Apple Futures: a new crop protection paradigm for New Zealand apple exports
New Zealand apple growers have continually adapted their crop protection systems to meet international phytosanitary standards and supermarket demands for food safety from sustainable production systems. Until the mid-1990s crop protection programmes were dominated by organophosphate (OP) insecticides needed to meet phytosanitary requirements alone. The development of customer assurance programmes by European supermarkets from the mid-1990s led to changes in crop protection practices, leading to the widespread adoption of Integrated Fruit Production (IFP) by 2001. Total insecticide applications had decreased by 65% and OP insecticides by 99% with small increases in codling moth risk. Addressing stringent residue restrictions in European markets and codling moth phytostanitary requirements in other markets required a harmonised approach for pest management in export crops. Apple Futures was developed in 2008 to achieve average residues at harvest that were ≤10% of the EU residue tolerances, while still meeting the phytosanitary requirements of many pest-sensitive Asian markets. Apple Futures is now deployed on ~70% of national production and is based on selective and biological insecticides and increasing use of mating disruption for codling moth and leafrollers. Fungicide use remains relatively unchanged, albeit with much lower average residues at harvest, but insecticide use and residues have decreased significantly. Since the mid-1990s the total insecticide loading has declined from 13.7 to 1.3 kg a.i. per ha in 2014 while all residues were ≤10% of EU tolerances. Under Apple Futures strategies codling moth larval incidence has declined as have some previously important pest groups (e.g., leafrollers), through enhanced biological control.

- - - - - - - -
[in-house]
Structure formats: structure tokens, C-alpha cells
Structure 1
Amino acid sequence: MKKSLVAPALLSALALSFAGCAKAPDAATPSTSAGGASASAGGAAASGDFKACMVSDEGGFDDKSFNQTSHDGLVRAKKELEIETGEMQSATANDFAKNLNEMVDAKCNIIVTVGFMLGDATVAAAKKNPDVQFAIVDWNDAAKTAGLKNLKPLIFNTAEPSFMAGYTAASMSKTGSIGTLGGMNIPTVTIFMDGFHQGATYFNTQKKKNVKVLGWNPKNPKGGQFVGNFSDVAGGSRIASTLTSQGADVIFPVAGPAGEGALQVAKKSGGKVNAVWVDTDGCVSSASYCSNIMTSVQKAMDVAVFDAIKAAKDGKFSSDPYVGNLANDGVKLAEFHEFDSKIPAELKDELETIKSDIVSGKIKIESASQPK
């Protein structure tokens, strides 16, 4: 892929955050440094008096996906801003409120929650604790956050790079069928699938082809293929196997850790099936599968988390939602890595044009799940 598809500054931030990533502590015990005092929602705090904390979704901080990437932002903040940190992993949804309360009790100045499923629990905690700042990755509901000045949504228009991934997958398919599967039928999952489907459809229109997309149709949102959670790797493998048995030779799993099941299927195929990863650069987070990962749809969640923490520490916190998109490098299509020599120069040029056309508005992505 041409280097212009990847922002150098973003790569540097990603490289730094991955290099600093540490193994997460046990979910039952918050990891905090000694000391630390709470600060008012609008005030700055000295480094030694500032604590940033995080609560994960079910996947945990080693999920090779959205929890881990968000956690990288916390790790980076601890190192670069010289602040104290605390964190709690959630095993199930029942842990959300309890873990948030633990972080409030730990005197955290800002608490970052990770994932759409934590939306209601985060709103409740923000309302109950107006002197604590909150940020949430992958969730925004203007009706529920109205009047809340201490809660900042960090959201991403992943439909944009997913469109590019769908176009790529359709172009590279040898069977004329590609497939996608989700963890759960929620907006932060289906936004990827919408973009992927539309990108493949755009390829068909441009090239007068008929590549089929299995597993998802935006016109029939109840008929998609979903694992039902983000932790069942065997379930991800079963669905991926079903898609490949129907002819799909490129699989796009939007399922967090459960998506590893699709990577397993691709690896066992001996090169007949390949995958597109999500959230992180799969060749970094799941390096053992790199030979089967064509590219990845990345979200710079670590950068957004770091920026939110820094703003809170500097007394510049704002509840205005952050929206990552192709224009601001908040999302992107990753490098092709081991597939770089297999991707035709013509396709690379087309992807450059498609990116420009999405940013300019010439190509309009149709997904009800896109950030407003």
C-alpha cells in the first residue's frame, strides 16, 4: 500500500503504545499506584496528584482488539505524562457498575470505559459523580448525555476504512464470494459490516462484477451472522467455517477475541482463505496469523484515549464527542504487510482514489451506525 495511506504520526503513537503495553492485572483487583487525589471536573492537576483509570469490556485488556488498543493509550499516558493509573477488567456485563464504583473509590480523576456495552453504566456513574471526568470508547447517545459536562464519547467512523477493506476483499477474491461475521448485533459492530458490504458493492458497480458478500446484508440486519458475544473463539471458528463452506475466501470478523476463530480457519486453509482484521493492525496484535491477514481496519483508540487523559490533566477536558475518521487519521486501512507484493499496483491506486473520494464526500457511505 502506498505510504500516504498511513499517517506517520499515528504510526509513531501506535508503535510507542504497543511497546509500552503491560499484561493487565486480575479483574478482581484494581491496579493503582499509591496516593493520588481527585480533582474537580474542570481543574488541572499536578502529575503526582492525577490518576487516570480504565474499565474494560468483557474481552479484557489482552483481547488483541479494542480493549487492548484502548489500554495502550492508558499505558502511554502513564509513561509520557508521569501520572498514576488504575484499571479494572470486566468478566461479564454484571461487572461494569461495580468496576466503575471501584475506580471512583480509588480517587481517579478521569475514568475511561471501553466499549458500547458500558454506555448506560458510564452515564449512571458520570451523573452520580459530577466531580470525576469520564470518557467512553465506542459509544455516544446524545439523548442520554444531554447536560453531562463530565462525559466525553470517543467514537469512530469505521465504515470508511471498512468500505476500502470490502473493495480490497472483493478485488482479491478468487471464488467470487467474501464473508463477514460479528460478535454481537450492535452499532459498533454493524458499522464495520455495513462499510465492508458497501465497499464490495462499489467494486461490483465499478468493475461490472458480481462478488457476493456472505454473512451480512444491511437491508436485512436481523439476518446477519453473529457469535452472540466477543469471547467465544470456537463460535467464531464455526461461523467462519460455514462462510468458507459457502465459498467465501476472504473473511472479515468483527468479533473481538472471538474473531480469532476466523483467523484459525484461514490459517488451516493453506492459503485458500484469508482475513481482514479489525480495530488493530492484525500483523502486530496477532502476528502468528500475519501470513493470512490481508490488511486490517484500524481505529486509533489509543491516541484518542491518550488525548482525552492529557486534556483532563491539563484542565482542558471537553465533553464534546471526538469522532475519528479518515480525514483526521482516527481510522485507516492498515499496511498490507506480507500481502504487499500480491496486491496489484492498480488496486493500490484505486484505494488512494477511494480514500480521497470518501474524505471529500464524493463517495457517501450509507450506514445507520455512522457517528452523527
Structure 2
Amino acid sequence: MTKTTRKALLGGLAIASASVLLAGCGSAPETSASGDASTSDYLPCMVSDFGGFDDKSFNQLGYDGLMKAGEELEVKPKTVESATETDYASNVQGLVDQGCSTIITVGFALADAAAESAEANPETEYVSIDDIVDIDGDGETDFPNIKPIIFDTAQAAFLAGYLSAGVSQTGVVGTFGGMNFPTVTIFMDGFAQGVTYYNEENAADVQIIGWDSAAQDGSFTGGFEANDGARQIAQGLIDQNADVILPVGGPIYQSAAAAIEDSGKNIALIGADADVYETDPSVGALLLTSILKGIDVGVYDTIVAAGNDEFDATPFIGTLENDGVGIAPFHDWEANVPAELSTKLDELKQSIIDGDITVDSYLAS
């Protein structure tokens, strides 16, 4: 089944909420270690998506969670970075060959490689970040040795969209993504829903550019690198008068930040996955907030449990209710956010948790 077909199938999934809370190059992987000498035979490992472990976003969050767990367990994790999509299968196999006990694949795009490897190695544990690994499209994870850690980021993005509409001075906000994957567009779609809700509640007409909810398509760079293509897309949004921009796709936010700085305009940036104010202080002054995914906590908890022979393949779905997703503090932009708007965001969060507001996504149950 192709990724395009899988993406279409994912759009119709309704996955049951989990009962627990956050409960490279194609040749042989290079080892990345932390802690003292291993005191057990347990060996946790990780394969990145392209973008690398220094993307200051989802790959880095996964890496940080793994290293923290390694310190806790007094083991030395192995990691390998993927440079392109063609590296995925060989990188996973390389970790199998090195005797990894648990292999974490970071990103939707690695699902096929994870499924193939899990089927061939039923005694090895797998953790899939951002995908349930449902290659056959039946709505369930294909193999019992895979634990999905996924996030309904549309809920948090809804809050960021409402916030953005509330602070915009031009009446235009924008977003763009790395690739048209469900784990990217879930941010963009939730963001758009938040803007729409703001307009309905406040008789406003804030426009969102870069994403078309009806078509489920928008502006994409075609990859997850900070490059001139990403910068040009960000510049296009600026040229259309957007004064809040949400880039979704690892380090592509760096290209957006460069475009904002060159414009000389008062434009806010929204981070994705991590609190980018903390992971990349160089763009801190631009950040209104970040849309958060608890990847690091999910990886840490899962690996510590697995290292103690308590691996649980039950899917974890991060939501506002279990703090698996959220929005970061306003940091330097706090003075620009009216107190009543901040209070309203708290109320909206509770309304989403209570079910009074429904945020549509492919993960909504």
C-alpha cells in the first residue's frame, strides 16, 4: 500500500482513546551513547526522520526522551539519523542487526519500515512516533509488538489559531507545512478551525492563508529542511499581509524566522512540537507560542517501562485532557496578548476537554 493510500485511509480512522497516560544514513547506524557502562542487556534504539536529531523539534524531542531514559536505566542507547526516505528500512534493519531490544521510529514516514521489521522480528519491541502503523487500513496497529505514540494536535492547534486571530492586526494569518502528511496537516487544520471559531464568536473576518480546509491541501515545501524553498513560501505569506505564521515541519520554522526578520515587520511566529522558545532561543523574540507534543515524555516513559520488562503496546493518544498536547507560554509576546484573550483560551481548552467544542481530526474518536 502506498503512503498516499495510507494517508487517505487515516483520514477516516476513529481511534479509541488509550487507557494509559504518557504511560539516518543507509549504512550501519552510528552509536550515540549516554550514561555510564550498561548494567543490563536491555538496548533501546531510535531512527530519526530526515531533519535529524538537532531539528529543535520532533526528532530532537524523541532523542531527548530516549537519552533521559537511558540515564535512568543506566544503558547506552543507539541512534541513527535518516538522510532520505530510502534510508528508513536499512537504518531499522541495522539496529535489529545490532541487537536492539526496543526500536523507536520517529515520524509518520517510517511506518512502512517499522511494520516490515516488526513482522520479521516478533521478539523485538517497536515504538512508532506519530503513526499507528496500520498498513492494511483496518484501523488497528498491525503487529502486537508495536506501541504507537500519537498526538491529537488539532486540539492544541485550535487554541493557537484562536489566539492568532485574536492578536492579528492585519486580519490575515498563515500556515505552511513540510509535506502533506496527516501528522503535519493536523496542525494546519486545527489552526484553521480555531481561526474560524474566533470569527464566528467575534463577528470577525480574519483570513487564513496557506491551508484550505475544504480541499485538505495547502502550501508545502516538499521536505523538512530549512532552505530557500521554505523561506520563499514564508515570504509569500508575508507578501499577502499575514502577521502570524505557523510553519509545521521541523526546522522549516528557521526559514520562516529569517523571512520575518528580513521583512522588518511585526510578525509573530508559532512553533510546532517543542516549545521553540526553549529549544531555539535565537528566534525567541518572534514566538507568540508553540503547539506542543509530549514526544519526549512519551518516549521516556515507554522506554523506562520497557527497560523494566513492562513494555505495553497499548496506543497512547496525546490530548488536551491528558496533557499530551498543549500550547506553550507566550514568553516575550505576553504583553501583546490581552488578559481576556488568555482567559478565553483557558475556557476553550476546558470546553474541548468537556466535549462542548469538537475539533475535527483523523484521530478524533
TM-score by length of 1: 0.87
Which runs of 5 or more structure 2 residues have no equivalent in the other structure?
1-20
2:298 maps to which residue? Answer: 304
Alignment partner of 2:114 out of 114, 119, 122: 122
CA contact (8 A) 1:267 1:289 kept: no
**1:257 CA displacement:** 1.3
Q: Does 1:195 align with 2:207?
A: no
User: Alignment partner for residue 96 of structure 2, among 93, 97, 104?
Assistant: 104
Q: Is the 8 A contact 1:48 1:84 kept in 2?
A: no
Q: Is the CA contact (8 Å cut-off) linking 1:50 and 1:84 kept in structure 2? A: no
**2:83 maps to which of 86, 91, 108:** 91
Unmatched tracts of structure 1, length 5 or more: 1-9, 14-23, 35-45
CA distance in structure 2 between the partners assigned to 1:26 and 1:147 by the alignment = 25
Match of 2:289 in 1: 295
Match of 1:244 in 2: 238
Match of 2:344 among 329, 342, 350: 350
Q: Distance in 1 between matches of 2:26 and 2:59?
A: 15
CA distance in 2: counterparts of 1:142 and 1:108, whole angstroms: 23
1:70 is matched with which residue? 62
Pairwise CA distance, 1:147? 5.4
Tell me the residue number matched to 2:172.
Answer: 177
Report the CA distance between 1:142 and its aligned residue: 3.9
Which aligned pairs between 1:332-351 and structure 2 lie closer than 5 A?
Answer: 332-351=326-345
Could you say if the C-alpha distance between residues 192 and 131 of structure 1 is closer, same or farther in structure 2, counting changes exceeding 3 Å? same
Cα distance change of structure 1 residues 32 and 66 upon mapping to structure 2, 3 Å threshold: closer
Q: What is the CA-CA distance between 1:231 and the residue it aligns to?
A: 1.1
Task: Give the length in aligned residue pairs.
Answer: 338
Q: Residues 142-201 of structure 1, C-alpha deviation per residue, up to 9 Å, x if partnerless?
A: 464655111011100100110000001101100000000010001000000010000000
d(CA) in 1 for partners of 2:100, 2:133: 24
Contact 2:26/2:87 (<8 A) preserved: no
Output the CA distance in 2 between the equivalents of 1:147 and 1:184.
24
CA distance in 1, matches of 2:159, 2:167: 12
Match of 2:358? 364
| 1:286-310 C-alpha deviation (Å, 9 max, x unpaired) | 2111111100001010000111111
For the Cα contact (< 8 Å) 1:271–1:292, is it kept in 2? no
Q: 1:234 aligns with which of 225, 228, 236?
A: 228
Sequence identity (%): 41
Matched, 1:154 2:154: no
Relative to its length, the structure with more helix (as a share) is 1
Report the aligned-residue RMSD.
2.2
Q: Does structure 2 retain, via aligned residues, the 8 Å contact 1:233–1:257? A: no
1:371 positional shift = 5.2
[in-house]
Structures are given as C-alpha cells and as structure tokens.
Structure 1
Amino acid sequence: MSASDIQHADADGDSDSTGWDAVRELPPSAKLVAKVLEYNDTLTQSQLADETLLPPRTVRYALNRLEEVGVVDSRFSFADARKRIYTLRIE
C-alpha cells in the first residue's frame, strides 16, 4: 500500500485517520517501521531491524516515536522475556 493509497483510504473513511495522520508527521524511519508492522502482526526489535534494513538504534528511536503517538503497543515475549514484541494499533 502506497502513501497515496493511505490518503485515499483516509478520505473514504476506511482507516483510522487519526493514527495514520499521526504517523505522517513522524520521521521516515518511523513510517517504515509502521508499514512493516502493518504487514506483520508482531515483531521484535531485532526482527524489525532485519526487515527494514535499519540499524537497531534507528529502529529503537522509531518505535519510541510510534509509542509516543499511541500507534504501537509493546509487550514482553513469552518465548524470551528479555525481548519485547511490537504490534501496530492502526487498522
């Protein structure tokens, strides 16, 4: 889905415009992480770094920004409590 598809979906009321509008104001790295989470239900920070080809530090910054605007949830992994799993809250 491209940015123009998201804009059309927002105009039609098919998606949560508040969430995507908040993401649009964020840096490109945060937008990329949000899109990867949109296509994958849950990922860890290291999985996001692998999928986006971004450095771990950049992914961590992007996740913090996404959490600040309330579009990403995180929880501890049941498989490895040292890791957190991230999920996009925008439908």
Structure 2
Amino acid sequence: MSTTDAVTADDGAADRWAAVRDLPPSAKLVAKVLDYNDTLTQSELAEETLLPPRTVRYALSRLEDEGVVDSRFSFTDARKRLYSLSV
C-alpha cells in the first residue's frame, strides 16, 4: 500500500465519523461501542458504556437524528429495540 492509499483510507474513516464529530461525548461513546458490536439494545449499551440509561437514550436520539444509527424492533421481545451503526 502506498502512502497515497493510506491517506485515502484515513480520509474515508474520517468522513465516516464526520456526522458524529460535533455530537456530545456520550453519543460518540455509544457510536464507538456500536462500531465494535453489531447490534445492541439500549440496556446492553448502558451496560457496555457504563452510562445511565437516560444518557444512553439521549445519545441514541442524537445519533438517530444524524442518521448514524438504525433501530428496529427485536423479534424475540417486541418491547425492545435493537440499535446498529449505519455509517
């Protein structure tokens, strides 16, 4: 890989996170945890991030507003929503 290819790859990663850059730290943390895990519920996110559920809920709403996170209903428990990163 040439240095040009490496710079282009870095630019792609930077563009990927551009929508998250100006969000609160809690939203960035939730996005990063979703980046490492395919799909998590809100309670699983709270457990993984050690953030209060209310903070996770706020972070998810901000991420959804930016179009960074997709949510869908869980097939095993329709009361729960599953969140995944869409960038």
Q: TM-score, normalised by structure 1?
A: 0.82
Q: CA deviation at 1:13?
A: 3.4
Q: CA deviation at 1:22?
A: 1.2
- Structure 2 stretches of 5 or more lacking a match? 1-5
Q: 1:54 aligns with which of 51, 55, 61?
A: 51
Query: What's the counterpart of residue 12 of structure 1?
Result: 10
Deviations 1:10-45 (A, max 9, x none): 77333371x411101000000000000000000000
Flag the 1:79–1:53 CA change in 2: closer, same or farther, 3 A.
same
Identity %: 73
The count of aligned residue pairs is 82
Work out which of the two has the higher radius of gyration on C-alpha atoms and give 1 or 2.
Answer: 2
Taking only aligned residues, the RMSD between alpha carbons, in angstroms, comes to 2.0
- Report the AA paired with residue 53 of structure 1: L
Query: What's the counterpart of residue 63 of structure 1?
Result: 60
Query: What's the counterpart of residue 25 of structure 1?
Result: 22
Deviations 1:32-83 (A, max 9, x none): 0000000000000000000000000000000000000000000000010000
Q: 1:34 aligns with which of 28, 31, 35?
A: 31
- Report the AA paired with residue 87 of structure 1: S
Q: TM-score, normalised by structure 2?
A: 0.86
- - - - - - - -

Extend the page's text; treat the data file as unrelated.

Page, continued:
Walker, J.T.S., Butcher, M.R. and Park, N.M. (2015). Apple Futures: a new crop protection paradigm for New Zealand apple exports. Acta Hortic. 1105, 1-10
New Zealand apples, integrated fruit production, low residues, phytosanitary, market access